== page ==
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Compare 1577 edition: 1 2 The king, Anno Reg [...] vnderstanding how his subiects were handled at Burdeaux by the French kings com|mandement EEBO page image 873 in breach of the league, [...] French [...]bassador is [...] before [...] councell. the French am|bassadour was called before the councell, and the car|dinall laid sore to his charge, that contrarie to his pro|mise at all times on the French king his maisters behalfe, affirming that he ment nothing but peace and amitie to be obserued in all points with the king of England: yet now the English merchants had not onelie their goods staied at Burdeaux, but also they and their factors were laid in prison, in full breach of all peace and amitie afore time concluded. The ambassadour in woords so well as hée could ex|cused his maister, but in the end hée was comman|ded to keepe his house: and the French hostages that were appointed héere to remaine for the monie to be paid for the deliuerie of Tornaie, were com|mitted vnto the safe kéeping of the lord of Saint Iohns, sir Thomas Louell, sir Andrew Windsor, and sir Thomas Neuill, euerie of them to haue one.

Compare 1577 edition: 1 Herewith also, all the Frenchmen in London were arrested,The French| [...] in Lõdon [...] arested a [...]d put to [...] fines. [...] committed to prison, and put to their fines: but they were more courteouslie vsed than the Englishmen were in France. For after they had béene in durance ten daies, they were set at libertie, vpon finding suerties to appeare before the maior, or else before the councell at a certeine daie, and to paie the fine vpon them assessed, which fine the king par|doned to diuerse of the poorest sort. But in compari|son of the Scotish nation,If the Scots [...] England [...]p [...]ehended [...]. fined you would haue said, the Frenchmen were in small displeasure: for not one|lie those that were borne in Scotland, but also diuers northernmen borne, within English ground, for en|uious spite called Scots, were apprehended, impriso|ned, and grieuouslie fined, although some of them by streict inquirie tried to be Englishmen, escaped without paieng the fine.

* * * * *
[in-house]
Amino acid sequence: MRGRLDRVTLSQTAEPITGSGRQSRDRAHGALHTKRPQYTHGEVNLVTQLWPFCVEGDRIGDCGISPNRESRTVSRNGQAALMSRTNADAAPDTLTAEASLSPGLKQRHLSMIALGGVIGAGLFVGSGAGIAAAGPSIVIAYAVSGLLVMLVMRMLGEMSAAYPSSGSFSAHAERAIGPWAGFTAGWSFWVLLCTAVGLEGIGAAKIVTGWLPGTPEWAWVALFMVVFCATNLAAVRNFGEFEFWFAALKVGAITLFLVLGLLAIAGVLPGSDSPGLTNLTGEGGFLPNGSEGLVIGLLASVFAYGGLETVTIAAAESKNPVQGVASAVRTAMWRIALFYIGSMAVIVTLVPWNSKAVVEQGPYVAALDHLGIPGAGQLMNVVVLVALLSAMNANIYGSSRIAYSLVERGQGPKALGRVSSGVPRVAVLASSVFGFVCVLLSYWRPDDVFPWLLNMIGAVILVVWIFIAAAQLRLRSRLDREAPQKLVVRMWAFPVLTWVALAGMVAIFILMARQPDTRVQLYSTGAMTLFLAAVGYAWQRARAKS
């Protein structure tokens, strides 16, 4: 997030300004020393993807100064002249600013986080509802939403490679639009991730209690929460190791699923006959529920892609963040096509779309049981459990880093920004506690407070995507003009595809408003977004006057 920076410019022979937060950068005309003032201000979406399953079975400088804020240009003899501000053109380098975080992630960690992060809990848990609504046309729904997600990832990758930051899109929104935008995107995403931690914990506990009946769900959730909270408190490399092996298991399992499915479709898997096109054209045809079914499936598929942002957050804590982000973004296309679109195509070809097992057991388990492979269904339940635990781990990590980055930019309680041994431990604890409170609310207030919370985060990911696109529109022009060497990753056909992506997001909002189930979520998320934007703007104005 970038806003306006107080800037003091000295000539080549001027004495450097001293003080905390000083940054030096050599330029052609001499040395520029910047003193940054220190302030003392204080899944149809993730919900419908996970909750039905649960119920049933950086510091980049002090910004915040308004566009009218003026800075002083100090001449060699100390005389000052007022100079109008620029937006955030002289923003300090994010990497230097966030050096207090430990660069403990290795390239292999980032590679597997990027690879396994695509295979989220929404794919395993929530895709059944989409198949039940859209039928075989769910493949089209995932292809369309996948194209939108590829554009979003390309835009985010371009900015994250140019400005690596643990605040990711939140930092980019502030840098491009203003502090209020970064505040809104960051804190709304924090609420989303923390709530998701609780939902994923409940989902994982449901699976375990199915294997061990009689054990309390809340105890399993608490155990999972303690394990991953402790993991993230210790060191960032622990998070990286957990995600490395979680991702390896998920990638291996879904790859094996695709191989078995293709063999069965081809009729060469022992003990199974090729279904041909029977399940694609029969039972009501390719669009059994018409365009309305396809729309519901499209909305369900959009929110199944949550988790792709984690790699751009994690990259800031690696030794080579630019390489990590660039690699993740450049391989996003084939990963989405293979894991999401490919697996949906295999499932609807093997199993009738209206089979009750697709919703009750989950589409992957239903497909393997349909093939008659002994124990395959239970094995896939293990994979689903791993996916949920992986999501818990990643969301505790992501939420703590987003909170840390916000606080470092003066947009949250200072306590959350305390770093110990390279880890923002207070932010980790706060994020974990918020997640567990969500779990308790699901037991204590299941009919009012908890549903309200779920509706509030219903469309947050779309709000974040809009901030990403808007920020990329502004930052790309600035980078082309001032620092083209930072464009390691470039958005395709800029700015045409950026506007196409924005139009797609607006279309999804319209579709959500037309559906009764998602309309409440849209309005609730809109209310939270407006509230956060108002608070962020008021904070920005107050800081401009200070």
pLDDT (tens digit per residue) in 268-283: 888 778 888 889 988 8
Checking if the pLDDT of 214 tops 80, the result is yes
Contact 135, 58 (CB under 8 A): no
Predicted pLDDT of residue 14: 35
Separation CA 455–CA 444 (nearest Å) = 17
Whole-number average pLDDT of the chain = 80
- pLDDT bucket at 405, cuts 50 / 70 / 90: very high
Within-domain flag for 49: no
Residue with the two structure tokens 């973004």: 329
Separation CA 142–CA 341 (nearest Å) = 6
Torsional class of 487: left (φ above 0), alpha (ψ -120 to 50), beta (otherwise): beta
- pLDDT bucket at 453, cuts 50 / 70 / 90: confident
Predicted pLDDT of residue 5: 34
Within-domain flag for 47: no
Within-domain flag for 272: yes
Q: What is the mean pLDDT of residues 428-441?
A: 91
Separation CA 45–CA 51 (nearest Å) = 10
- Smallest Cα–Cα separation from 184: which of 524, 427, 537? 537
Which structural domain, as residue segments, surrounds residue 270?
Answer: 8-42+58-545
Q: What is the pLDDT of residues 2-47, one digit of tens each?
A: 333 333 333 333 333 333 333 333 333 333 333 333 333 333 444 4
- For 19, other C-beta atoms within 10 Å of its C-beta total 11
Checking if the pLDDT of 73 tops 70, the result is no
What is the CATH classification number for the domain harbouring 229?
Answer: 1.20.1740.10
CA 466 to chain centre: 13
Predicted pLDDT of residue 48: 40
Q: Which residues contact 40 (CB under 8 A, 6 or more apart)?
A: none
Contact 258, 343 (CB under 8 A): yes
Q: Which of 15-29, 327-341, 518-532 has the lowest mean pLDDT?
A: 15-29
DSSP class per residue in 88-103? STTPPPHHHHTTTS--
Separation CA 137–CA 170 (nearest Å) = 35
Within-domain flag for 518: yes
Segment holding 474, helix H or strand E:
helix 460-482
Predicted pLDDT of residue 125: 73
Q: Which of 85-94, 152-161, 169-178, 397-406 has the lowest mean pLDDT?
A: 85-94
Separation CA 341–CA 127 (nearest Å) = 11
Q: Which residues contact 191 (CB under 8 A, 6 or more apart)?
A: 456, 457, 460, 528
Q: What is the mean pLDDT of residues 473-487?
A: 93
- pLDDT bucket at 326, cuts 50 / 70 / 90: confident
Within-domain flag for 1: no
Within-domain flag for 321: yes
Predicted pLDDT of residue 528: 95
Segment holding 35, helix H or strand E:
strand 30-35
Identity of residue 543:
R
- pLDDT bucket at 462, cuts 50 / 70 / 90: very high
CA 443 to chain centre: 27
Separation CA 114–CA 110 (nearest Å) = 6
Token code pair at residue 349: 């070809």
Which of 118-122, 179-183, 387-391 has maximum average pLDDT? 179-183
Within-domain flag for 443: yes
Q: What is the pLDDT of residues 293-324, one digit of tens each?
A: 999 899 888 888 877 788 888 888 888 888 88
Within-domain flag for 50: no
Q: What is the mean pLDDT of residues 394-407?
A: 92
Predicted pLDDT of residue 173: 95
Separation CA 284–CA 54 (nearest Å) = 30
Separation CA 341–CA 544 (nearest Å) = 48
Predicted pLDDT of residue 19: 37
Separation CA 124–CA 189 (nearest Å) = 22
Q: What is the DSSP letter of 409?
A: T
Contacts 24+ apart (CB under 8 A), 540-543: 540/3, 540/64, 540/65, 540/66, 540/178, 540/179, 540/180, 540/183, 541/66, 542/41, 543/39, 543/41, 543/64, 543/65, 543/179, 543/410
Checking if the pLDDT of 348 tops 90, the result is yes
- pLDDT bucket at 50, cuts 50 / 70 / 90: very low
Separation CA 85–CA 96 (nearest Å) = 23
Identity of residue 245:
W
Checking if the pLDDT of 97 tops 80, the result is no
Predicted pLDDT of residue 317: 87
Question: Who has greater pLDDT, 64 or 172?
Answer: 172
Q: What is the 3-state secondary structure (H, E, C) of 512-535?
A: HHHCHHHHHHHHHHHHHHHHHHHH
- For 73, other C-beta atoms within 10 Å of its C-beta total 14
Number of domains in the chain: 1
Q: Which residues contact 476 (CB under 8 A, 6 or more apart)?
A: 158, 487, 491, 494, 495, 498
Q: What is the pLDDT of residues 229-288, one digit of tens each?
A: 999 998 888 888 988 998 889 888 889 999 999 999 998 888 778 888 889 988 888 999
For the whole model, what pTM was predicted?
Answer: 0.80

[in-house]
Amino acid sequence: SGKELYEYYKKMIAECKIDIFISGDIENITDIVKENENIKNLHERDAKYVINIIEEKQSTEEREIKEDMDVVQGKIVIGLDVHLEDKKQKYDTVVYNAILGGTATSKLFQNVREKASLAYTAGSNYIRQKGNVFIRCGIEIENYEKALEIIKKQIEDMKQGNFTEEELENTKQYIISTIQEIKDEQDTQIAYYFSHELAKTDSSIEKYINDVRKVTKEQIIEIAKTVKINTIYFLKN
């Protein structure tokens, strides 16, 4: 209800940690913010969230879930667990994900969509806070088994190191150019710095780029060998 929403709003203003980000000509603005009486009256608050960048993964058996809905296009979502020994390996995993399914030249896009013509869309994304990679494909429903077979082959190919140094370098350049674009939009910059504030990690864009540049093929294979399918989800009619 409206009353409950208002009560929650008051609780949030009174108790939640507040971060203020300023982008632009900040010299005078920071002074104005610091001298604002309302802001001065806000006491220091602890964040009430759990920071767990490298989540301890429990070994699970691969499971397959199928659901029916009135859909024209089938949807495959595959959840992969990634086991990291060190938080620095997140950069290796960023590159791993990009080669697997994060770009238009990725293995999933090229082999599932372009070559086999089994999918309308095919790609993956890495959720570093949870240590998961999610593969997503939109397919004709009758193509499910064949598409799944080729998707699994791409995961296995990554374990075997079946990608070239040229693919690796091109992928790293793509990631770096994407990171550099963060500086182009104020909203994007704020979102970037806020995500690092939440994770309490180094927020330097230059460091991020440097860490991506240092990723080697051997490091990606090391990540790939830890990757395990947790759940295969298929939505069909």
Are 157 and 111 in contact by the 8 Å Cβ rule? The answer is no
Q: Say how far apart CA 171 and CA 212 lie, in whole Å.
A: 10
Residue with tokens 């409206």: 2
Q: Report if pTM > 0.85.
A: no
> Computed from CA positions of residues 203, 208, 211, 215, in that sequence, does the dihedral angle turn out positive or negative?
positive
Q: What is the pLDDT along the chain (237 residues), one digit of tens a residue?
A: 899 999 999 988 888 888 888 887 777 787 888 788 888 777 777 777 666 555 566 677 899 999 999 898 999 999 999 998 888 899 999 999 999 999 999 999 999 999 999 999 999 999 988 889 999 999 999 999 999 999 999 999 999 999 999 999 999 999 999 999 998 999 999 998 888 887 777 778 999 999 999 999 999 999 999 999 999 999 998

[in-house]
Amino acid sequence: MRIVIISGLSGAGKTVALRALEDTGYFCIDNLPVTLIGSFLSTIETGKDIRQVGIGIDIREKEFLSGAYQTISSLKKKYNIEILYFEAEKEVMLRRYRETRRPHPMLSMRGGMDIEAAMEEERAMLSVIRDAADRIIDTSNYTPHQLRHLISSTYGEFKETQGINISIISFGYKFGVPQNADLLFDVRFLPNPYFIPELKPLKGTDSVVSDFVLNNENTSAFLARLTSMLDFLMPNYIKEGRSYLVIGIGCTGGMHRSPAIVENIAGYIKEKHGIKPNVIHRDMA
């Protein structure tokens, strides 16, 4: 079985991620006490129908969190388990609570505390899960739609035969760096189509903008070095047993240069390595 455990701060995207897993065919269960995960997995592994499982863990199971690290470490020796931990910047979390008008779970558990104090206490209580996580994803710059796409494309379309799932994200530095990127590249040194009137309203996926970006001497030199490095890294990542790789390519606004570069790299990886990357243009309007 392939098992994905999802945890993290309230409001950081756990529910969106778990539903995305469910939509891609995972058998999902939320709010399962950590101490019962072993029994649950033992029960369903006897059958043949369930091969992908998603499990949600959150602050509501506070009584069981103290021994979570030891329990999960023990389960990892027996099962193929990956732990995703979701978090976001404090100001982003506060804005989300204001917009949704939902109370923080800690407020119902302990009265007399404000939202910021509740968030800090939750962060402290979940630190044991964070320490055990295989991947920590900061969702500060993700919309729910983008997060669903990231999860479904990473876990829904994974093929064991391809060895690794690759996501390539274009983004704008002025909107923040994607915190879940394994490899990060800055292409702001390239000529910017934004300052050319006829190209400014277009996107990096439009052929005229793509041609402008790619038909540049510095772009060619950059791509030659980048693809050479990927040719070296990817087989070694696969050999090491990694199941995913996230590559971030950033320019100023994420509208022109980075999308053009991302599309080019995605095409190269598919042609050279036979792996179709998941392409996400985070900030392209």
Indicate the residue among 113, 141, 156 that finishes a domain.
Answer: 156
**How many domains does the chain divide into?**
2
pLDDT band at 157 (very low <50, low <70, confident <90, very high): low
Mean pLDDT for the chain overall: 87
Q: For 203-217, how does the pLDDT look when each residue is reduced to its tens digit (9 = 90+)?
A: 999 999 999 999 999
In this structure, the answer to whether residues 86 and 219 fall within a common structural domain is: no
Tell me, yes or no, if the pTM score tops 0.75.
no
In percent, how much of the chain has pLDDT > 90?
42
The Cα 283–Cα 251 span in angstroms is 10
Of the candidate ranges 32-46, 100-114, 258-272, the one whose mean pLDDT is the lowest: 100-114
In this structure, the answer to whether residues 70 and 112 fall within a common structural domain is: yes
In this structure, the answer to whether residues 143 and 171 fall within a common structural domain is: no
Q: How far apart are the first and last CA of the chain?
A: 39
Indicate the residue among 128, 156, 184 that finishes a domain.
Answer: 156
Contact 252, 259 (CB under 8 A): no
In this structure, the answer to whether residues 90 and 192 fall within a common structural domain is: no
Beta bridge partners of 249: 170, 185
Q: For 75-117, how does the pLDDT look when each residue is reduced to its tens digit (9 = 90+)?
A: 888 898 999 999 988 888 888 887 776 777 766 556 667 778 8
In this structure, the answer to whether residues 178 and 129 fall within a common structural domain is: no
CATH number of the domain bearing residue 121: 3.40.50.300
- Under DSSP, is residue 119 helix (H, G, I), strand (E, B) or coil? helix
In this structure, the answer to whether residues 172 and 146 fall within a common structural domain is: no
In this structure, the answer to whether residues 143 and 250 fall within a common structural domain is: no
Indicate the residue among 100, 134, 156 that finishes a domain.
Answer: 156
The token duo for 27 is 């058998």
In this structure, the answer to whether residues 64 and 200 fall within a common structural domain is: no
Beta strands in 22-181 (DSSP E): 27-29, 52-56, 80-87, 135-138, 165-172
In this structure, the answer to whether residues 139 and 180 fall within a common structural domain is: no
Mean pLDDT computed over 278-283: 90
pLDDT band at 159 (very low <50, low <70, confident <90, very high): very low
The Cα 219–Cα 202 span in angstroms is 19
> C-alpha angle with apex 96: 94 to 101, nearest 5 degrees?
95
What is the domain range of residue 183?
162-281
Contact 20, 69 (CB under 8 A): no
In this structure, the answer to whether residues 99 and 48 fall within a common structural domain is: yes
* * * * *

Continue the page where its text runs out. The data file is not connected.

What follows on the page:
Compare 1577 edition: 1 There were sent to the sea, vnder conduct of sir William Fitz Williams viceadmerall,The nauie [...]. twentie & eight goodlie ships well manned and trimmed for the warres, & seuen other ships were sent toward Scot|land, which entered the Forth, and proffered to enter the Scotish ships that laie in the hauens: but the Scots ran their ships aland, and the Englishmen followed with boats, landed, and set the ships on fire, & at Leith tooke certeine prisoners, which they brought into England; and still the kings great nauie kept the narrow seas: for then was neither peace betwixt England and France, nor open warres. The king vnderstanding that the emperor would come to Ca|lis, so to passe into England, as he went towards Spaine, appointed the lord marquesse Dorset to go to Calis, there to receiue him, and likewise the lord cardinall was appointed to receiue him at Do|uer.

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